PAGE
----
EditorialThe Human Element

Guys and Dolls: Juniper Communities Perennial Players Bring the New York Underworld to Life

By Jim Nelson | January 4, 2024

The lights fade up as the scene opens with several people seated in a black-box theater setting. The room is full of fans — the first of two sold-out shows — eagerly awaiting this reader’s-theater style performance of a classic. Today, the actors and actresses will recreate an adapted version of the 1950 multiple Tony Award-winning “Best Musical,” Guys and Dolls, which also got its turn on the big screen in a 1955 film starring Frank Sinatra and Marlon Brando.

The gangsters, gamblers, and assorted New York underworld types in the cast will be played today by Juniper Communities Perennial Players, an upstart troupe out of Paramus, New Jersey. John Docke will star in the Marlon Brando role of Sky Masterson, with his neighbor, Angela Wunderlich, co-starring in the Jean Simmons role of Sister Sarah Brown.

Docke and Wunderlich, along with a dozen of their fellow Juniper Village at Paramus assisted-living residents, are seated, putting on Guys and Dolls in reader’s-theater style because of mobility constraints. A narrator sets up the dialogue, dramatic readings of the script material.

And of course, who doesn’t know those songs by heart? “Luck Be a Lady,” for instance, sung by Brando in the movie and a staple for Frank Sinatra. In today’s performance, John Docke is singing it.

“It gives you a sense of purpose, sense of achievement,” said Docke of his role as Sky Masterson. “I acted in grade school and was a member of choir for 15 years, I really enjoyed getting to sing again.”

Juniper Communities Perennial Players is a program for older residents to perform and present classic Broadway musicals.

“The success of the show is undoubtedly due to the dedicated team of our outside partners who contribute their expertise as music directors, scenery designers, lighting specialists, and tech directors,” said Shain Cohen, the executive director at Juniper Village at Paramus. “Their direct involvement allows our residents to experience the magic of live theater.”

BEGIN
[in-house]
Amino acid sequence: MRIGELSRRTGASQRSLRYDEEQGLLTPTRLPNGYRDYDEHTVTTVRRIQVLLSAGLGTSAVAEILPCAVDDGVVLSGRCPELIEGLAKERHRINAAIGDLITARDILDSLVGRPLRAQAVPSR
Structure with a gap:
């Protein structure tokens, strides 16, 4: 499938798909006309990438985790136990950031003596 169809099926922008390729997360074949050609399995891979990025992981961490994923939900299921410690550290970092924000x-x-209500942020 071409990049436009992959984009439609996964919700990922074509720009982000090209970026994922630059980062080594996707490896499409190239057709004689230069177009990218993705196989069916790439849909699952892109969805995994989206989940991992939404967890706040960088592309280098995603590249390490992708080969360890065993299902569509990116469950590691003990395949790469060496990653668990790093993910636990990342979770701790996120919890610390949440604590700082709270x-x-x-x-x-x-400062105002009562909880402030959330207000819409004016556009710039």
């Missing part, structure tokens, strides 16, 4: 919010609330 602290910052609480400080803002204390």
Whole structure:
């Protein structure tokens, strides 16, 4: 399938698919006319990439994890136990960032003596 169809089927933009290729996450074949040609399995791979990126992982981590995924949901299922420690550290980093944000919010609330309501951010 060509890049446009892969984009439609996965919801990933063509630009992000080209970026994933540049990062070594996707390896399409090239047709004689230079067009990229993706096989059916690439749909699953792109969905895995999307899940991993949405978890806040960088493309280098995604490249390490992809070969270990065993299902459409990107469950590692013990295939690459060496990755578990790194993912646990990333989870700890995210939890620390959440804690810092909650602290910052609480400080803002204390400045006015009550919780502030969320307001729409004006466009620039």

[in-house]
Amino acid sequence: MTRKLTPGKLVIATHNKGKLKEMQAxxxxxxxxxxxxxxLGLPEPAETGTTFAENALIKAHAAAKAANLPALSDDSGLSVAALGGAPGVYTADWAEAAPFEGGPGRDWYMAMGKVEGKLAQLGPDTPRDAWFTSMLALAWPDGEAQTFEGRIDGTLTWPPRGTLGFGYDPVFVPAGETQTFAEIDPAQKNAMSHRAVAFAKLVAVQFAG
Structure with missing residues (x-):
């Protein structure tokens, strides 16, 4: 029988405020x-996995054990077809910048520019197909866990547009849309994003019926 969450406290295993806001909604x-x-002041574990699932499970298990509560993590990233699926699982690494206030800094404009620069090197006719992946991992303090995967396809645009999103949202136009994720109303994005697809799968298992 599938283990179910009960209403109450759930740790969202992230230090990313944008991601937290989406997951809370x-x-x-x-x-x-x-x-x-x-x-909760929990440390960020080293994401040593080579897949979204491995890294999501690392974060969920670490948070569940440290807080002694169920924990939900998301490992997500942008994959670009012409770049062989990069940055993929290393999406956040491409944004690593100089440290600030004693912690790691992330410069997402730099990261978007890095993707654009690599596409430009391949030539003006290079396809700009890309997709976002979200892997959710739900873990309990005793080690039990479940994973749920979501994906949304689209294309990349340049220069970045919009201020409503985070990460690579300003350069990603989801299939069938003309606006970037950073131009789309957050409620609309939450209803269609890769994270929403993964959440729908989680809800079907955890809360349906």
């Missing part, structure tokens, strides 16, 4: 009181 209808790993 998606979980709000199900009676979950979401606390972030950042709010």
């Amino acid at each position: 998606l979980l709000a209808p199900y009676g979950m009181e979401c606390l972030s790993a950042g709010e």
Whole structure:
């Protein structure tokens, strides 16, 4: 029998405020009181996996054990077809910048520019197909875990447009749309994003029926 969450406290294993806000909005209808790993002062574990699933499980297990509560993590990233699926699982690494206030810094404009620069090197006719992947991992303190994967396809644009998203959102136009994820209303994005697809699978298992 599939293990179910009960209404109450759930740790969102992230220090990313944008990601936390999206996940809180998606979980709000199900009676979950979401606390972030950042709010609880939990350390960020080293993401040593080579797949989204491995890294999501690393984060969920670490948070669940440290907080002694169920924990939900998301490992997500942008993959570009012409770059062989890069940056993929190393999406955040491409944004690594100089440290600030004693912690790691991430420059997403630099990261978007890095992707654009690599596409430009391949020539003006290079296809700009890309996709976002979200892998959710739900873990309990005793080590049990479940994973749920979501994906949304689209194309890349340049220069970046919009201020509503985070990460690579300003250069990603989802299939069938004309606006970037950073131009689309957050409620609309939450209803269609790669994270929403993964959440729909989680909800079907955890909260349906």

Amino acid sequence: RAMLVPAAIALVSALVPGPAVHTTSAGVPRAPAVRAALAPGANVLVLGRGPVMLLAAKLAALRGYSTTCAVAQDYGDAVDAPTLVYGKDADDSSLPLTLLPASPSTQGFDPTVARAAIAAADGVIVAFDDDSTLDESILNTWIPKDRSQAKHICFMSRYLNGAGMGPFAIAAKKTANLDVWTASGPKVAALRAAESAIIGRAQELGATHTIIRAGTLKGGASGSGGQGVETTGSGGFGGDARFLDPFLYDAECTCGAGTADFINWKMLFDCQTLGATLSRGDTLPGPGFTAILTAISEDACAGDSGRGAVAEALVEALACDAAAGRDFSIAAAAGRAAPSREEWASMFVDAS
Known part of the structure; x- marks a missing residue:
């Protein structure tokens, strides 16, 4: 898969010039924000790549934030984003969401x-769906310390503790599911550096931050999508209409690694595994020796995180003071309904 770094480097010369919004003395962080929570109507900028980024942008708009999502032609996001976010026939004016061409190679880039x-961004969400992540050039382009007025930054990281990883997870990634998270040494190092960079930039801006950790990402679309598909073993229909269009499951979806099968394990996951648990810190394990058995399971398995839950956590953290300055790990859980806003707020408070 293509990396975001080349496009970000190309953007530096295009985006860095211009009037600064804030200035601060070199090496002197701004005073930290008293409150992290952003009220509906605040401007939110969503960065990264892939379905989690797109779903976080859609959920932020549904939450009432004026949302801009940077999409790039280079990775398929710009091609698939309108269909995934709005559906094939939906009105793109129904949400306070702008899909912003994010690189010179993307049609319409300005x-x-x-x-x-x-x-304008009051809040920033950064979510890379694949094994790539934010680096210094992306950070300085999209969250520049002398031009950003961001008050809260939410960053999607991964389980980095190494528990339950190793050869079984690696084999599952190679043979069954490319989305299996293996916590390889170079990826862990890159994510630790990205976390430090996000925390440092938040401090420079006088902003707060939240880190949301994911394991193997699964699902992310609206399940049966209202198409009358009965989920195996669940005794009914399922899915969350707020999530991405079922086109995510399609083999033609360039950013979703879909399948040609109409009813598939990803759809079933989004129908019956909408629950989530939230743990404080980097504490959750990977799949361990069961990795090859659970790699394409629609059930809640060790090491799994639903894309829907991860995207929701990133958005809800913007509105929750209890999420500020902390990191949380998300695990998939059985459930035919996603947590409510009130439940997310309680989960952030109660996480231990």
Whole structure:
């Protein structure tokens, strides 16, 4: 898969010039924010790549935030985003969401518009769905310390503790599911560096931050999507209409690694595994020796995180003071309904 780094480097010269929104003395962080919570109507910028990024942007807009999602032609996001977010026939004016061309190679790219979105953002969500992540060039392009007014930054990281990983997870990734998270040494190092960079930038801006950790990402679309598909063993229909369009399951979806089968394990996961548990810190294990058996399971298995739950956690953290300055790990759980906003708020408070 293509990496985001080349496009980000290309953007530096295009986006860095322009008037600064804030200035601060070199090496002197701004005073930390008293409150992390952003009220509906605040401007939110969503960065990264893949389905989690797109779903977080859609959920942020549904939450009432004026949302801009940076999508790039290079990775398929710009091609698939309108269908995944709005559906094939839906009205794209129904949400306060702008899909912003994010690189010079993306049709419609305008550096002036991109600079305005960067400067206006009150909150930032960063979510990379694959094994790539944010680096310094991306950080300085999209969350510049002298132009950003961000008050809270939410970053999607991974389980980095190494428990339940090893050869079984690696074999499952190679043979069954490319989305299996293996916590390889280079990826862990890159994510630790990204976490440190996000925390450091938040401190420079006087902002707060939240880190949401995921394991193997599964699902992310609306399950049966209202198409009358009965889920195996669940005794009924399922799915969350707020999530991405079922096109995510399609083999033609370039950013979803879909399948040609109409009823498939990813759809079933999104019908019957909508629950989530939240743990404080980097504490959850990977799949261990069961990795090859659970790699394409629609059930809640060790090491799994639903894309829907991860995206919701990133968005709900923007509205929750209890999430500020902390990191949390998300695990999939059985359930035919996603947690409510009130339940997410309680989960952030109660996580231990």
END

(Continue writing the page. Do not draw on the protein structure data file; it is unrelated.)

The Juniper Communities Perennial Players traces its beginnings to 2018, when Juniper partnered with theatrical licensing organization Music Theater International; similar to MTI’s Broadway Jr. series for young children, the plan was to adapt and condense scripts to Broadway musicals for older adults. These adaptations feature, among other things, shorter running times.

“Research shows that creative expression can improve the quality of life for older adults,” said Director of Marketing Katie Kensinger, who oversees the Perennial Players. “We have witnessed that impact firsthand, from improving mental clarity to reducing awareness of pain. But most importantly, the Perennial Players program builds a strong sense of camaraderie and community among the cast and the outside partners who make it all possible. Some of our resident actors were involved in the performing arts earlier in life, but most are discovering their talents for the first time — some at the age of 90 and beyond!”

For the 14 residents of Juniper Village of Paramus, today’s performance will be just plain fun.

“Great thing to do with the team,” acknowledged Wunderlich. “I love to sing so it was a great outlet for me. This was my first time performing but according to my cousin, I’ve been preparing for it my whole life being a ham.”

“This is the first job I have ever done and very proud of the work,” remarked resident Pinky Burgos, who is playing Agatha/Liver Lips Louie. “We practiced hard for three months.”

“I used to do faculty scholarship shows at North Bergen High School with the students,” Eileen “Big Julie” Gerber remembered, “so I’ve had plenty of opportunity to act in the past. I love doing this.”

“This is the first play I have ever been in and it’s all brand-new to me,” exclaimed Richard Stange of his role as Arvide Abernathy, “and it was good.”

“It’s heartening to see residents like John Docke, Angela Wunderlich, Pinky Burgos, Eileen Gerber, and Richard Stange sharing their experiences and expressing pride in their performances. The variety of musicals performed, including Singin’ in the Rain, adds to the richness of the cultural experiences offered at Juniper Village,” said Cohen.

The end.

Exit stage left.


Jim Nelson

Jim Nelson is the Editor at Senior Living News, an online trade publication featuring curated news and exclusive feature stories on changes, trends, and thought leaders in the senior living industry. He has been a writer and editor for 30+ years, including several years as an editor and managing editor. Jim covers the senior living sector for SeniorLivingNews.com, distributes its e-newsletter, and moderates panel discussions for the company’s HEALTHTAC events.

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